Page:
From there, Sunday wound up being a showcase of veteran electronic talent. Beginning at 2:30 p.m. the legendary British DJ-producer Mark Broom led the surging crowd through a ferocious blend of rave, techno and acid house. Broom is the consummate pro on the decks, and his mixing skills remained largely unrivaled throughout the weekend, proving once again that the cream really does rise to the top. Then again, another legend in the form of Ken Ishii gave him a run for his money.
Following right after Broom, the Japanese DJ-producer nailed a 75-minute set of his own. The City Steps continued to be a beacon for higher BPMs as Ishii flexed a bevy of pop and Detroit techno sounds to a constantly growing crowd throughout the late afternoon. As great as CRSSD is at booking younger, up-and-coming acts, they’re also quite crafty at bringing in the more established veterans who have been holding down the scene for generations, and Ishii continues to stand the test of time in that regard.
Kittin & The Hacker represented one of the more leftfield bookings at this CRSSD edition, as their goth and synthpop-minded electronic tunes provided something of a breath of fresh air in between offerings of pounding house and techno. Instead of a full live setup, however, they crafted a varied DJ set at the City Steps that allowed them a dash of stylistic fluidity that differs a bit from their live sets. The modest but fully engaged crowd showed them much love during their tight hour-long performance.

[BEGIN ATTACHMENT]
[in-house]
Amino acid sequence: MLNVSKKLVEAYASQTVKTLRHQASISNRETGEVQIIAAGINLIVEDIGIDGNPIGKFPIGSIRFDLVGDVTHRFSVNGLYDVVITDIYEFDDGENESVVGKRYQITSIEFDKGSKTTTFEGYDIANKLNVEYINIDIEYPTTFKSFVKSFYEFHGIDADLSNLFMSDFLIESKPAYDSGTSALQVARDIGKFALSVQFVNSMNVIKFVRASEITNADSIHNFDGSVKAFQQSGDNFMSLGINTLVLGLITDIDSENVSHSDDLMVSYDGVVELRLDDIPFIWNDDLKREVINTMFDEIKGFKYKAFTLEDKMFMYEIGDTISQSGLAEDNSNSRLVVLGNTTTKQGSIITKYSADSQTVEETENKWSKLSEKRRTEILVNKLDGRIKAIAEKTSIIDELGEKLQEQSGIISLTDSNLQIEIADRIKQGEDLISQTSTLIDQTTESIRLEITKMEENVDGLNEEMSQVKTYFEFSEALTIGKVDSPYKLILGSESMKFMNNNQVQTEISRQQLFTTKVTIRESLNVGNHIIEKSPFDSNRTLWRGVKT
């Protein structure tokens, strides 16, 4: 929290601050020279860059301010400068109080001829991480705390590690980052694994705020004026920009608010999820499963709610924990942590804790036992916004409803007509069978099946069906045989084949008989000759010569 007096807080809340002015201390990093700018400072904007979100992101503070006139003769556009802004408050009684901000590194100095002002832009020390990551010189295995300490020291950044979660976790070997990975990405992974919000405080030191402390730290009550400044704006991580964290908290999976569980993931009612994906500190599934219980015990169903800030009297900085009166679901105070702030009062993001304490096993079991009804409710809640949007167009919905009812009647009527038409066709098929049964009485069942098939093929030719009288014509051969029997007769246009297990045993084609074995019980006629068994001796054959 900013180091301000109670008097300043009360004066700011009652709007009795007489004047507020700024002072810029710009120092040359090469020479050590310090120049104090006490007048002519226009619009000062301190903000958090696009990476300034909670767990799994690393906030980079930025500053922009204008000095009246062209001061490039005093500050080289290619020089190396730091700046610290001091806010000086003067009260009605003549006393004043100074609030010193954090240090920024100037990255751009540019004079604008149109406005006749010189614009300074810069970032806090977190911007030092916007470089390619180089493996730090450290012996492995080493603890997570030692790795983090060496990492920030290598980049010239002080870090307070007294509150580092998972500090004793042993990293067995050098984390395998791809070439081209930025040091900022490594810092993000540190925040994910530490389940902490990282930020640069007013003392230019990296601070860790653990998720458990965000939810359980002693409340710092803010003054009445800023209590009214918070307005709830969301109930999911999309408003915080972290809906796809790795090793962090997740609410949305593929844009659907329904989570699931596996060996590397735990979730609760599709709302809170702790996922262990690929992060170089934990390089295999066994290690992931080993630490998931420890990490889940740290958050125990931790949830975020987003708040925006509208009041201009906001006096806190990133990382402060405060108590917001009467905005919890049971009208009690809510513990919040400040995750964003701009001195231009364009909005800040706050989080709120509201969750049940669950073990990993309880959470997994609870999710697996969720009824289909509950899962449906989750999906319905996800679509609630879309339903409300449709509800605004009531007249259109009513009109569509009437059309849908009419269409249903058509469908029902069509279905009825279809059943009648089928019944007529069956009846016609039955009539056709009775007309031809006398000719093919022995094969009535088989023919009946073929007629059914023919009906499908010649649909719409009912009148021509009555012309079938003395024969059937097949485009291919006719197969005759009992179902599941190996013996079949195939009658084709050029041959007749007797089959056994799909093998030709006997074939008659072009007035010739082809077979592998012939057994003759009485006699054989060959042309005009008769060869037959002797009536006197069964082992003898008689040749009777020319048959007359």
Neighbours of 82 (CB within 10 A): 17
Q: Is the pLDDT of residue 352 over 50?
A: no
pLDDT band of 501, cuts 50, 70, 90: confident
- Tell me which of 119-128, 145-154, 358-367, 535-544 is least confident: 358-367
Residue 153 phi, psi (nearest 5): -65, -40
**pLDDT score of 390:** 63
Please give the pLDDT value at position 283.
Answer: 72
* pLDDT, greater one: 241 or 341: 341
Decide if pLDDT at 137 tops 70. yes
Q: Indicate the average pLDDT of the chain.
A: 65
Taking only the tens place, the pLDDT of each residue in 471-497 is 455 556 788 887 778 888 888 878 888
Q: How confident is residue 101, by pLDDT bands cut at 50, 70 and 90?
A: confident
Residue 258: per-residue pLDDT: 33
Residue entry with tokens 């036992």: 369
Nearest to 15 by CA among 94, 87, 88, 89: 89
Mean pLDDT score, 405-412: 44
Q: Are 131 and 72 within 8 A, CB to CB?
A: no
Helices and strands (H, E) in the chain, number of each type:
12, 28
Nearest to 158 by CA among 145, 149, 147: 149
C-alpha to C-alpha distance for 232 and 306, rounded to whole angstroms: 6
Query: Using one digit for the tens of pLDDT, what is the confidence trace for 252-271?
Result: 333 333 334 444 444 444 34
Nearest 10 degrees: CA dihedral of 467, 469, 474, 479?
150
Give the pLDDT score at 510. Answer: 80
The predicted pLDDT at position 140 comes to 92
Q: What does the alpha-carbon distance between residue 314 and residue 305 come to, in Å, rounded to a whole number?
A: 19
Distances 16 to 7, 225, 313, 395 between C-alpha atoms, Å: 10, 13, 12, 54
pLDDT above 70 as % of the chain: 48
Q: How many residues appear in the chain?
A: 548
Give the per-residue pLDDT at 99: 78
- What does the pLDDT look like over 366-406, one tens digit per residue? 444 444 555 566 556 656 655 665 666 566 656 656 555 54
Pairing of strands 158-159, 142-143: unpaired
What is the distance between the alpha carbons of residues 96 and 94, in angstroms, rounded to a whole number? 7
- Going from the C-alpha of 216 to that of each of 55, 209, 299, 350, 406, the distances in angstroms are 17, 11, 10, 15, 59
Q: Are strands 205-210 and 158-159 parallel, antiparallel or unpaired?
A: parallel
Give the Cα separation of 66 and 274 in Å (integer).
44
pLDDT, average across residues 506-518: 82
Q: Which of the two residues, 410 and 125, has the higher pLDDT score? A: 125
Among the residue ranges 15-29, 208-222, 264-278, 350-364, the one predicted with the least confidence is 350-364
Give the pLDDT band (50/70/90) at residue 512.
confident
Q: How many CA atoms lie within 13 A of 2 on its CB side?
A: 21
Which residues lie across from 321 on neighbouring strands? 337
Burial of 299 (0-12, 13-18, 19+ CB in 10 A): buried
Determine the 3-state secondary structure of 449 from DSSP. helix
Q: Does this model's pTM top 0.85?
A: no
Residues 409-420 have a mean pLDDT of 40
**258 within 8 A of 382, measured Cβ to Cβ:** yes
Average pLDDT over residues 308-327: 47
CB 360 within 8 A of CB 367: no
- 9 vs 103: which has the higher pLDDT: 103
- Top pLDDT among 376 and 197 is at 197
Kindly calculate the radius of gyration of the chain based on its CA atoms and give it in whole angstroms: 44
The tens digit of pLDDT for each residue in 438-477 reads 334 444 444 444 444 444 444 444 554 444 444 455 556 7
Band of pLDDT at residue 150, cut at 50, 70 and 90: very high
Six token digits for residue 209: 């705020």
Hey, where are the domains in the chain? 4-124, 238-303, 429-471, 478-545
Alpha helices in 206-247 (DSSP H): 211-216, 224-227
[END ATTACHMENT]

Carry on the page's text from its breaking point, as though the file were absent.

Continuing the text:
Sunday night brought with it a heavy dose of festival-core, and by that I mean big, stadium-sized crowd-pleasing acts like Lane 8 and headliners ODESZA. The sleek, emotional deep house of Lane 8 played perfectly to a massive audience at the CRSSD stage. Billed as a “special guest,” he turned out an ideal subheadlining set that drew one of the biggest crowds of the weekend. From one peak to the next, fans were shuffling, singing, and bouncing up and down in unison as the cathartic vibes soared. Playing right before ODESZA is no simple task, but the Denver-based superstar more than held his own, warming up the vibes for what would turn out to be a massive festival-closing spectacle.
Ever the performers and showmen, ODESZA have carried their live performance acumen and electro anthems to festival headlining status with ease. Reaching yet another career peak, the duo are set to headline major fests like Bonnaroo and Outside Lands, and despite this, they have yet to turn their backs on the scene that made them who they are. Thus, CRSSD felt like a bit of a homecoming for them, as they’ve headlined multiple times over. This time felt like a victory lap.
With their live setup intact, and armed with their usual eye-popping visuals, ODESZA were simply in dazzling form. Fueled with crowd favorites “Love Letter” and “Late Night,” they fastened a tight and explosive performance that not only sounded great, but hit hard along with all the visual bells and whistles in their arsenal. It all culminated with a spectacular rendition of “The Last Goodbye,” which had fans riding on shoulders and signaling the heavens. For a festival of this nature, you simply won’t find a better closing act than ODESZA.
As always, logistics inside the festival were a total breeze. The organizers have the fest down to a science, and with the ability to hold it every six months, there’s no rust to it whatsoever. From start-to-finish, you could find festival-goers smiling from ear to ear wherever you went. CRSSD is the ideal electronic-minded California festival, based on all the people who traveled in for it. Ultimately, you don’t even have to be a major EDM head to fully love and appreciate CRSSD. Like I said earlier, it’s the gift that keeps on giving, and we can’t wait to do it all again in another six months. HOUSE X TECHNO forever!